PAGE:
The Creepy Legend of Biringan, the Phantom City of Lost People  


In the province of Samar, local folk talk about a phantom. For decades, locals told stories of Biringan City, an otherworldly place inhabited by engkantos. But instead of beautiful palaces or fortresses reminiscent of mythical cities like Lothlorien, Biringan is somewhat like a black urban city filled spires and cathedrals instead of skyscrapers. People who have seen it report a place of unparalleled magnificence and architecture, not even matched by megacities like New York or Hong Kong. It is urban, and yet not urban. Here, people are lured by fairies and fair-skinned beings to disappear forever.

According to local lore, Biringan is located somewhere between the towns of Pagsanghan and Gandara in Samar. The phantom city never appears in naked sight, but shows itself only to people who are being invited into the black city. Stories abound of fisherfolk seeing the city while at sea, which they described as magnificent, with tall buildings and wonderful lights.

Biringan is just one of the hundreds of phantom places around the world that are wrapped in mystery and lore. Stories of supernatural occurrences surround such stories of mysterious places, which are believed to have entrances and exits through certain waypoints or portals. One of the most famous of such alleged waypoints is none other than the Bermuda Triangle, where countless ships and aircraft have disappeared over the centuries. 

How people are lured into Biringan City

According to Aswang Project, people are lured into the city by entering a trance-like state or possession cast on them by elementals or engkantos. In a documentary by GMA News, Mel Tiangco narrates that there are allegedly seven portals or waypoints to enter, one of which is through an old tree. Locals believe that when an engkanto becomes attracted to a person, they will put him or her in a trance and lead that person into Biringan. Other beliefs about Biringan City tells how only people’s consciousness are taken there, leaving their bodies in the physical world.


Curious stories of deliveries from Manila and Cebu had addresses at Biringan City

In the documentary by GMA News, locals tell of delivery trucks from Manila and Cebu fully loaded with construction materials that have been paid in advance finding their way to Samar and looking for an address in Biringan. To the bewilderment of locals, the persons who paid for the deliveries had long been deceased. Upon learning that Biringan City is not an actual place, the truck drivers just returned to Manila or Cebu with their haul, frustrated.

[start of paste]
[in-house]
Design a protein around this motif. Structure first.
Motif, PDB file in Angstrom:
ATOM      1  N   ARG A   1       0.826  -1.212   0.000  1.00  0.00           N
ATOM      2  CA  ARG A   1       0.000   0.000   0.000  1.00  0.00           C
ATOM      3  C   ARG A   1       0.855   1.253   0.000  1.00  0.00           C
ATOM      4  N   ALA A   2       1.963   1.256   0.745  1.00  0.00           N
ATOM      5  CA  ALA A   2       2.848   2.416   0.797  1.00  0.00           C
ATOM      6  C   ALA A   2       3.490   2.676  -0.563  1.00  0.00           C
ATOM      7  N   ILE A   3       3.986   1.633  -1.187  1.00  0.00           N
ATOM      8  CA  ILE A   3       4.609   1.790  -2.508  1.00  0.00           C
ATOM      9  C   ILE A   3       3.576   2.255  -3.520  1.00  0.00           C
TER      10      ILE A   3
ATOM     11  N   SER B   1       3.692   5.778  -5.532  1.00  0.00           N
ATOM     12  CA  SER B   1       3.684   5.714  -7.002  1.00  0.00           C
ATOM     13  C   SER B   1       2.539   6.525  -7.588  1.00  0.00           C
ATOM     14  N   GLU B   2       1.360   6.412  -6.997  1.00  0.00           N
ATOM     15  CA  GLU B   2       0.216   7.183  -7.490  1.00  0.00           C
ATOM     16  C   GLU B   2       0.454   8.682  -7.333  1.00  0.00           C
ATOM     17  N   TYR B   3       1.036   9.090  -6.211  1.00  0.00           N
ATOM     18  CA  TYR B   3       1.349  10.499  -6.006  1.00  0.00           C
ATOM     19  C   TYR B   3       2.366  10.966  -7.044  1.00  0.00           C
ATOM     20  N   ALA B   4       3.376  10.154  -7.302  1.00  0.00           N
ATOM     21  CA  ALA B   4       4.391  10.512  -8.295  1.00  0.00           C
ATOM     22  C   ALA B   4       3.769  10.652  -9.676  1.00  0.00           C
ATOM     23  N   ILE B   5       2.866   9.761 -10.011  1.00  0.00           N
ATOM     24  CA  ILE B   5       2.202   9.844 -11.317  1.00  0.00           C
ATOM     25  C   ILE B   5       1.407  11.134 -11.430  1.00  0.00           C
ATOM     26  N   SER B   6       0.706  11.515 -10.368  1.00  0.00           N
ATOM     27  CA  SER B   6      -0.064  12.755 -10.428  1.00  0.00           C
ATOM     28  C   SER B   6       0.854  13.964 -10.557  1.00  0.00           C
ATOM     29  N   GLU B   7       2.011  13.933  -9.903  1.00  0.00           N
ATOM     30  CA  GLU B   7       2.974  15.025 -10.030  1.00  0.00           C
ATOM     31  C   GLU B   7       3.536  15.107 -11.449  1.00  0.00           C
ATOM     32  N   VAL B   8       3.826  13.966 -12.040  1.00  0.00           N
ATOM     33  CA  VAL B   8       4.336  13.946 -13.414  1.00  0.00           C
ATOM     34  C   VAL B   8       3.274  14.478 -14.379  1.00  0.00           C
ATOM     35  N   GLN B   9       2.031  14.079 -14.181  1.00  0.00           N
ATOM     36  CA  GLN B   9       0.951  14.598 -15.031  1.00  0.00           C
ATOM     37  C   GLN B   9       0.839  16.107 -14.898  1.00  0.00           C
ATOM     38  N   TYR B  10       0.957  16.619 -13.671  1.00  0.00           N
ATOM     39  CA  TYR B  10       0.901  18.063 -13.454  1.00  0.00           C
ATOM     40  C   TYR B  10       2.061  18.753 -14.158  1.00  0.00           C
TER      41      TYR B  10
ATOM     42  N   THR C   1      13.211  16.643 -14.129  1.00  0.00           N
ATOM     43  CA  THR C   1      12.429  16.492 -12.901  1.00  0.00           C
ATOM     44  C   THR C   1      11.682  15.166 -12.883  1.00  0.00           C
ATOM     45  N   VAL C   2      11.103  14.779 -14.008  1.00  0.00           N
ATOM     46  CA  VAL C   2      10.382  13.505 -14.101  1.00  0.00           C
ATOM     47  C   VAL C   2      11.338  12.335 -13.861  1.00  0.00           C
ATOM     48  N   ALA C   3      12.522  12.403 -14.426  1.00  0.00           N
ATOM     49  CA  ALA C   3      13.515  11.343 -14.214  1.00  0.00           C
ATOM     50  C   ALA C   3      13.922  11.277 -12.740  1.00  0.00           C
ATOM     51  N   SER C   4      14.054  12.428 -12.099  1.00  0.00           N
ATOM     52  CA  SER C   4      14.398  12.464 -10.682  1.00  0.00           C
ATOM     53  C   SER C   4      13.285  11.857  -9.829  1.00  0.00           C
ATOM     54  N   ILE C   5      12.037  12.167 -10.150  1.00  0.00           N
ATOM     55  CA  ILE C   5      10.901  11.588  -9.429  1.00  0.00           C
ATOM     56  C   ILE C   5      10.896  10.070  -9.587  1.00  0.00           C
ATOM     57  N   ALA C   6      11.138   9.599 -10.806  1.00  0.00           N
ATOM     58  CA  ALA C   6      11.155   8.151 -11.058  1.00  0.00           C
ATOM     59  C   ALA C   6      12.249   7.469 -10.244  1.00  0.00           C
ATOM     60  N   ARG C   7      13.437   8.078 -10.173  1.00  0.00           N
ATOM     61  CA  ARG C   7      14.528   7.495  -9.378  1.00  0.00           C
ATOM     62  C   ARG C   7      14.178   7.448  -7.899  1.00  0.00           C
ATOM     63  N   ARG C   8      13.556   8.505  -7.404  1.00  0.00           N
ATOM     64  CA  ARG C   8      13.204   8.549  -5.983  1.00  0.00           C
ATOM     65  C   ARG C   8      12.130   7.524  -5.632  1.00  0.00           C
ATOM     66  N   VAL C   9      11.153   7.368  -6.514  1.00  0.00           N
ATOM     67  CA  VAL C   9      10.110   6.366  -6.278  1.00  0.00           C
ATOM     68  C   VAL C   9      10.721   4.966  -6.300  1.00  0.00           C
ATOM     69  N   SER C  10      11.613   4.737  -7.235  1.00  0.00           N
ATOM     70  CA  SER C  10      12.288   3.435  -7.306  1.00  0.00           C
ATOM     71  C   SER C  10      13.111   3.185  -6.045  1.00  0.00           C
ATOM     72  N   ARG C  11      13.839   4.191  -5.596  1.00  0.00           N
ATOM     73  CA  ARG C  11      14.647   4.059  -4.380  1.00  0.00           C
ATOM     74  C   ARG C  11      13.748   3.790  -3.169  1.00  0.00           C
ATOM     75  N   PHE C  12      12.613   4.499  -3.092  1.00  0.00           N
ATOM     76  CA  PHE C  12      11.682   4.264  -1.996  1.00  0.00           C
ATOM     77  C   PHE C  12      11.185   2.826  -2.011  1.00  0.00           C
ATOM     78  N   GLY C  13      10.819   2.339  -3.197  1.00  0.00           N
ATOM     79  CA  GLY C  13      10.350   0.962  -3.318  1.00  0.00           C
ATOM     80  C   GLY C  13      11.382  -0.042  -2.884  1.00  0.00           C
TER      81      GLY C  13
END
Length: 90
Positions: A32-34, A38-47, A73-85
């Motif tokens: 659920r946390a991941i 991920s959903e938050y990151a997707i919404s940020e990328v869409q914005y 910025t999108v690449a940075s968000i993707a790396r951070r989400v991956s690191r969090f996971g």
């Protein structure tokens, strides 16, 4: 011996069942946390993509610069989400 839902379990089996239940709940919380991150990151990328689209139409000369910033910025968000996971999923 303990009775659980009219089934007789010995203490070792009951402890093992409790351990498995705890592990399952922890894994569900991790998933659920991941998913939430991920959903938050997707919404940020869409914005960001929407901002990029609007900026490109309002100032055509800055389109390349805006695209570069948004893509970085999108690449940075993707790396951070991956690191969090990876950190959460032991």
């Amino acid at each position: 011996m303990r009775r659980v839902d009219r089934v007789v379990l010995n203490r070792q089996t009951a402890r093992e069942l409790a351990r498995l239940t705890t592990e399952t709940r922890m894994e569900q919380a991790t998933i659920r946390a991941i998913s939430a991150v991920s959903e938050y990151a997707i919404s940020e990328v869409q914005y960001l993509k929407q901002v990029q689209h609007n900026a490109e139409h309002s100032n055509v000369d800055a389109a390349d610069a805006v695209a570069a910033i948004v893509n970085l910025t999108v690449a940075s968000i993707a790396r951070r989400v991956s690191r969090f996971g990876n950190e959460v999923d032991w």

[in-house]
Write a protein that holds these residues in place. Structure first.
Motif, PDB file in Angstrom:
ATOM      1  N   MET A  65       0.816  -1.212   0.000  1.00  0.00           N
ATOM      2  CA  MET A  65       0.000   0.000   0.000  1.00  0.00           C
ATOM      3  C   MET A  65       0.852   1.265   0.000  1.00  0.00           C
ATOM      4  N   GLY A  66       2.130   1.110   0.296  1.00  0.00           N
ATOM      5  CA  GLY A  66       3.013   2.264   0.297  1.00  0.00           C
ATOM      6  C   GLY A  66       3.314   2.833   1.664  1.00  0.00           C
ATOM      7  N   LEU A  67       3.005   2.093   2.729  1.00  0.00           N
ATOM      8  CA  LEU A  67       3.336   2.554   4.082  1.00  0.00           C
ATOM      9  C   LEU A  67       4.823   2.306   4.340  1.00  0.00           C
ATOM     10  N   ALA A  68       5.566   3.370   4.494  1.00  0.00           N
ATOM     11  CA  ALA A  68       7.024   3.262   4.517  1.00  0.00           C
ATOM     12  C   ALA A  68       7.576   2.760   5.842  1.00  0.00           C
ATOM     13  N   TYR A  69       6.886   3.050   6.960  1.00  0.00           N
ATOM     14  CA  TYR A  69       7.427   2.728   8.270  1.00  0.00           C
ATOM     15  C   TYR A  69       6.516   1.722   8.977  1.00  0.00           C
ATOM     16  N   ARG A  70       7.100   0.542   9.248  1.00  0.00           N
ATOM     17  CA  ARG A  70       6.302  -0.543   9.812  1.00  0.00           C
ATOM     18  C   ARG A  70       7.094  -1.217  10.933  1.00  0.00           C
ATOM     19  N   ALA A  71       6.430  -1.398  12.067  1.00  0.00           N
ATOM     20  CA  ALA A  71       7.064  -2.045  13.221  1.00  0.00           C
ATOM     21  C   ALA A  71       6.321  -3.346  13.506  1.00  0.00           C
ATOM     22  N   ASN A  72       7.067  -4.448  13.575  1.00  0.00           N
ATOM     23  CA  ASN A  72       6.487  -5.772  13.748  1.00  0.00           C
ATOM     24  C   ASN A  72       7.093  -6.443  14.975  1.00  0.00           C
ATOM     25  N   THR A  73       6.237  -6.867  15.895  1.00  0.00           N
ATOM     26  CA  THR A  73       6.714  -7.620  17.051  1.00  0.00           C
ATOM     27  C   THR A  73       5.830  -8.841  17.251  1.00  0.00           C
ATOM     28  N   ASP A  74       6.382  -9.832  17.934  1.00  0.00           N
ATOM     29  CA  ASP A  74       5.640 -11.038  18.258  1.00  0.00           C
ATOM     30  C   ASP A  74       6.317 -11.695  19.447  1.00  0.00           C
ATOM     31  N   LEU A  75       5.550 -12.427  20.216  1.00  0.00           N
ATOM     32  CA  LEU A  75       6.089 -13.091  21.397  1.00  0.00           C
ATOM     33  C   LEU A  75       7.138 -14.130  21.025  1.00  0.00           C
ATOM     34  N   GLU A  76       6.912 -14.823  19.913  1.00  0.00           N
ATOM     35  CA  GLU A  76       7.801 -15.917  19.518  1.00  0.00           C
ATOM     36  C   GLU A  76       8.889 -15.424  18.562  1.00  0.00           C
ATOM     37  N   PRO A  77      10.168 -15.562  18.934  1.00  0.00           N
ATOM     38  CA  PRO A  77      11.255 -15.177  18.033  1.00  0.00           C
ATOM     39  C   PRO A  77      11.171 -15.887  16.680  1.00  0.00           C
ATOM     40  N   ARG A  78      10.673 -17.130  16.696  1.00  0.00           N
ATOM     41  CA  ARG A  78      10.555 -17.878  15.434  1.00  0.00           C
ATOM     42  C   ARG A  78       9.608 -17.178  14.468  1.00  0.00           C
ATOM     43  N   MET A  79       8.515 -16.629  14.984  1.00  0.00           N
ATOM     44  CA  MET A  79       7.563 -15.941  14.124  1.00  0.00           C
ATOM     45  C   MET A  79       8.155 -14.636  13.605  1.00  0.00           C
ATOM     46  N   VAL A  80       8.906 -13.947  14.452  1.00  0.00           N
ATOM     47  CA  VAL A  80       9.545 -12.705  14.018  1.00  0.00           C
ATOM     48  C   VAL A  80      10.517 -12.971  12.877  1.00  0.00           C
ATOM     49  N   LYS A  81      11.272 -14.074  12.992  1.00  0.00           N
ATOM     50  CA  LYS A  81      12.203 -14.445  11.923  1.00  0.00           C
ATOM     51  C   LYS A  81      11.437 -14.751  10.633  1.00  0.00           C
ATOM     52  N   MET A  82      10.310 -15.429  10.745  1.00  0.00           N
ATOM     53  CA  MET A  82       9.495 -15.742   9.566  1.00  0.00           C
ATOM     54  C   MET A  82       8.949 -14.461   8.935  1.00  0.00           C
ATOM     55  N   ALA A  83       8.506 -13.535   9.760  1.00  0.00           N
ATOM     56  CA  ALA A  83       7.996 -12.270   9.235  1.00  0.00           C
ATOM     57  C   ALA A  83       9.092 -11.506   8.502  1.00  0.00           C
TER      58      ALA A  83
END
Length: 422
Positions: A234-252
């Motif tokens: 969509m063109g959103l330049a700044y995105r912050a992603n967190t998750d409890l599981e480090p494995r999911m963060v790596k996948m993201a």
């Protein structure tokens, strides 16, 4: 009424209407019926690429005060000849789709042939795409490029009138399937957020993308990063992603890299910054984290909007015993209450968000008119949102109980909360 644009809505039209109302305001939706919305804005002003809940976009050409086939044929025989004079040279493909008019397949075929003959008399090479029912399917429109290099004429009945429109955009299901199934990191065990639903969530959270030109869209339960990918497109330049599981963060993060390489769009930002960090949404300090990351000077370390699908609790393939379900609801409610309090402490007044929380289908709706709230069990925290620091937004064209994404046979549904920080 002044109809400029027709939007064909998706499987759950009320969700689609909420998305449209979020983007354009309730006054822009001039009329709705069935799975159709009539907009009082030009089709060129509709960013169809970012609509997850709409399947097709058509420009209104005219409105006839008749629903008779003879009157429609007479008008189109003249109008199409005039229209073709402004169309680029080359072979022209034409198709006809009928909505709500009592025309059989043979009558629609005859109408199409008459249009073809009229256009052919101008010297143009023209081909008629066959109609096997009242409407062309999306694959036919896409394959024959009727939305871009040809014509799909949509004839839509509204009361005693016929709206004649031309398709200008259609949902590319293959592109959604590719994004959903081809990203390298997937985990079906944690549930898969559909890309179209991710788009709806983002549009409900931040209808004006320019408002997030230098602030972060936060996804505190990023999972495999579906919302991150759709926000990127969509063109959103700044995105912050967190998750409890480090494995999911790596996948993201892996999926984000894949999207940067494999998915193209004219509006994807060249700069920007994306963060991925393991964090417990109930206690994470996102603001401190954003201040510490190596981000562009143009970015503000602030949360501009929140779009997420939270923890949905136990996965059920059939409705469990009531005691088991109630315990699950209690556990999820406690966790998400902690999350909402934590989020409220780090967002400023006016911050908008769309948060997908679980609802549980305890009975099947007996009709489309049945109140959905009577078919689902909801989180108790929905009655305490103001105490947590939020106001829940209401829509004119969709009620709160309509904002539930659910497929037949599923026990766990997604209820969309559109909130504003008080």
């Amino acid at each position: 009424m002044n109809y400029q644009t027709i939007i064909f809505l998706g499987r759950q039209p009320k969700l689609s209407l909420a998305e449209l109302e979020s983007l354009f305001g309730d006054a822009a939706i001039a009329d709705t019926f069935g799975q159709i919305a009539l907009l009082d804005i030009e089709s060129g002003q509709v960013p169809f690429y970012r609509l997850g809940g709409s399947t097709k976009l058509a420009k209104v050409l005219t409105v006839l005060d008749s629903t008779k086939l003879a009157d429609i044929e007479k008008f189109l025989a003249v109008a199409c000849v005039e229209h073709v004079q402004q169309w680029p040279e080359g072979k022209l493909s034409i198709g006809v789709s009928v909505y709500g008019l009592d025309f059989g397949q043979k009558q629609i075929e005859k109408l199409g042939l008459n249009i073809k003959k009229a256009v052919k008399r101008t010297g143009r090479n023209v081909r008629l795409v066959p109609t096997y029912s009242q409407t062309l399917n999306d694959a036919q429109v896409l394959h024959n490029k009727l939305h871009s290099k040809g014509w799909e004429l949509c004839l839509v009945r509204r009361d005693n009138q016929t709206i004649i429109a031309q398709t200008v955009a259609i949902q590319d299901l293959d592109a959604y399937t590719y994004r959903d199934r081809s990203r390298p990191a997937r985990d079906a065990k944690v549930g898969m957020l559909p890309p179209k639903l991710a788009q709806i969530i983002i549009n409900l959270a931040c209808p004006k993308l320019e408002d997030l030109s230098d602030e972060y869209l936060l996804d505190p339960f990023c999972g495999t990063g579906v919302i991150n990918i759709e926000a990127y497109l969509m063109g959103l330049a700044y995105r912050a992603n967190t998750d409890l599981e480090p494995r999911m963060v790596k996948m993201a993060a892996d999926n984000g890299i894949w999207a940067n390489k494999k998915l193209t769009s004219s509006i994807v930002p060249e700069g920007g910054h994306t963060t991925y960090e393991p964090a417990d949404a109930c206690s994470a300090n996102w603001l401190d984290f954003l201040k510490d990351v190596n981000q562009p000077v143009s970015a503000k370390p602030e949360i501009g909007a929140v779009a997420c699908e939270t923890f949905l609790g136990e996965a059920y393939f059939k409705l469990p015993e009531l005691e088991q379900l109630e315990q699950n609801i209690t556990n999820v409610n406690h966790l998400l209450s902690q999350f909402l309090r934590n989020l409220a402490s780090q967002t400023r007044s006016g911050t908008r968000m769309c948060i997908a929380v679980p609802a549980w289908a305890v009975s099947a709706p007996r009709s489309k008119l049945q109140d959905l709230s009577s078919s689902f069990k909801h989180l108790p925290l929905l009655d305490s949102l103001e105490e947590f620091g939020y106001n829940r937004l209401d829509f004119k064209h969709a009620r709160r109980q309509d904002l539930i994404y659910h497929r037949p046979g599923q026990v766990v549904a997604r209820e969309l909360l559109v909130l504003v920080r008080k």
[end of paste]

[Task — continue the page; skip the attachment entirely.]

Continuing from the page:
What are the possible explanations on why people believe in Biringan City?

Although accounts of locals about the existence of Biringan City cannot be discounted, there may be other explanations on why there are alleged sightings of the city and why lost people are believed to be trapped in the phantom city forever.

Among the most common reports of alleged sightings of Biringan City come from fisherfolk and seafarers. According to locals, fisherfolk would see a vast city filled with lights while they are fishing at night. A possible scientific explanation for such sightings is a natural phenomenon called light pillars.

Light pillars is an atmospheric phenomenon in which vertical pillars of light appear over the horizon, typically at night. Although they look bizarre and otherworldly, light pillars are anything but supernatural. They form when lights from the ground or from the sky interact with ice crystals in the atmosphere, producing vertical halos of light.

Light pillars have been sighted in the Philippines, including one event when people mistook them for alien activity in Sulu.

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In the case of disappearances linked to Biringan City, it could be a human reaction in providing an explanation to something that is unknown or have no closure, just like how some disappearances over the Bermuda Triangle are linked with paranormal phenomenon when a possible natural phenomenon could be the culprit.

Whether Biringan City exists or not, the beliefs and sensitivities surrounding it form part of Philippine folklore. It is a testament to the rich culture of the Philippines, and as such, should be respected.

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Mario Alvaro Limos
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